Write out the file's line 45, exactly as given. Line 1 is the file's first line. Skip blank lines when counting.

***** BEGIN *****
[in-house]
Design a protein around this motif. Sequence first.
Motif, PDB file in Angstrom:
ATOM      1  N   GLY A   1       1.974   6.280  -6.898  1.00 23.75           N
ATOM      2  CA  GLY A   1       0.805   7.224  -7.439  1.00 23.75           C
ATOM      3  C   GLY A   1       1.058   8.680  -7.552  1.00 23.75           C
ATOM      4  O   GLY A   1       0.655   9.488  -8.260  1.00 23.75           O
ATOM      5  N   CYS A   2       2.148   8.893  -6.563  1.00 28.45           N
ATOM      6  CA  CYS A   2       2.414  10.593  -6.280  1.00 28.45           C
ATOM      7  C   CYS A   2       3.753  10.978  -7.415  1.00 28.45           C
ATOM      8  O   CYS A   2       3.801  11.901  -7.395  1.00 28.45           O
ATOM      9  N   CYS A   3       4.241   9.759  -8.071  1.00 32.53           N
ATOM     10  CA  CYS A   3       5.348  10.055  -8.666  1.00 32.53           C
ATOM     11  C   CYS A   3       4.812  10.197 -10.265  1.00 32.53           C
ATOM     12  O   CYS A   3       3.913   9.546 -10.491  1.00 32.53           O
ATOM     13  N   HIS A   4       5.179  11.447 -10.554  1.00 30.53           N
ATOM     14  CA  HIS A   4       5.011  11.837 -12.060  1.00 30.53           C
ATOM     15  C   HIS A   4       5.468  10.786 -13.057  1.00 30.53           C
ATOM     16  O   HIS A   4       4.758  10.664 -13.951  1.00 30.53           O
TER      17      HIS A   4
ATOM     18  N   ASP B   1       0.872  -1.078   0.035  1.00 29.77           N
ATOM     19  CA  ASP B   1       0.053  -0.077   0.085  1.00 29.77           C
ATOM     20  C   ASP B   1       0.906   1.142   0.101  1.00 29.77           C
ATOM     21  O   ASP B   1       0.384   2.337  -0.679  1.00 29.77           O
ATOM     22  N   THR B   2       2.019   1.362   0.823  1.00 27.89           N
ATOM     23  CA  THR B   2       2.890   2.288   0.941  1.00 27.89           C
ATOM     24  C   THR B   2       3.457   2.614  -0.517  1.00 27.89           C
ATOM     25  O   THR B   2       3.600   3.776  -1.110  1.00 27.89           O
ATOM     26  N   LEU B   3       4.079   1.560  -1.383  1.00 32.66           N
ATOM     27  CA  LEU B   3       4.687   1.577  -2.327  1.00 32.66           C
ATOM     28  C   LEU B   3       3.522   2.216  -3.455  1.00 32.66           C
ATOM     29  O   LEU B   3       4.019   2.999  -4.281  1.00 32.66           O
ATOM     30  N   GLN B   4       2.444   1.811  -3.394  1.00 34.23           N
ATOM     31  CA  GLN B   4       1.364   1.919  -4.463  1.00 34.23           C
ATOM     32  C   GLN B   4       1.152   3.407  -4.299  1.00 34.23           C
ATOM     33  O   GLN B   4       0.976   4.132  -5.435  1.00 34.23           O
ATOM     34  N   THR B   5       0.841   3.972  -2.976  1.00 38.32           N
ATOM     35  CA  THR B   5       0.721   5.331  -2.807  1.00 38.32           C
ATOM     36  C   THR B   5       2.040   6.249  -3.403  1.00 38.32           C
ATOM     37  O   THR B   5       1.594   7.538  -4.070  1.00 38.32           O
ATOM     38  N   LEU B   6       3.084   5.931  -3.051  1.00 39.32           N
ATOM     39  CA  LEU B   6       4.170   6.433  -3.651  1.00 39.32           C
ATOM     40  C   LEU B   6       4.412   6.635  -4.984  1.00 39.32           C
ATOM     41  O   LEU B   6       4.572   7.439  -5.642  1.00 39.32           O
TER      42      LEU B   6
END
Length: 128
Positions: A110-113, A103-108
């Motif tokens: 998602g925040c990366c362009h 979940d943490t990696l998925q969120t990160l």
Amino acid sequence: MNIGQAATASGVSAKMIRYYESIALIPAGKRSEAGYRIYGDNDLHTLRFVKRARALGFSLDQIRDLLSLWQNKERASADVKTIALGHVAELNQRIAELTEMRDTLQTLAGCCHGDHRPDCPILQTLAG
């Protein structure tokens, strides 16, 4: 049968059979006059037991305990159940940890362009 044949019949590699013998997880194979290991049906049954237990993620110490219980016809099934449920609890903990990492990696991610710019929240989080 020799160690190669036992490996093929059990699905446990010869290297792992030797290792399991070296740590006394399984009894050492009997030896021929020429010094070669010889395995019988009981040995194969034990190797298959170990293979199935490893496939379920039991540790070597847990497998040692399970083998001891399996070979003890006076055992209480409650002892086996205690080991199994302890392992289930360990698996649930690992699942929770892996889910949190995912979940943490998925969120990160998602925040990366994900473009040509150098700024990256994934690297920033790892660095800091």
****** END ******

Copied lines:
TER      42      LEU B   6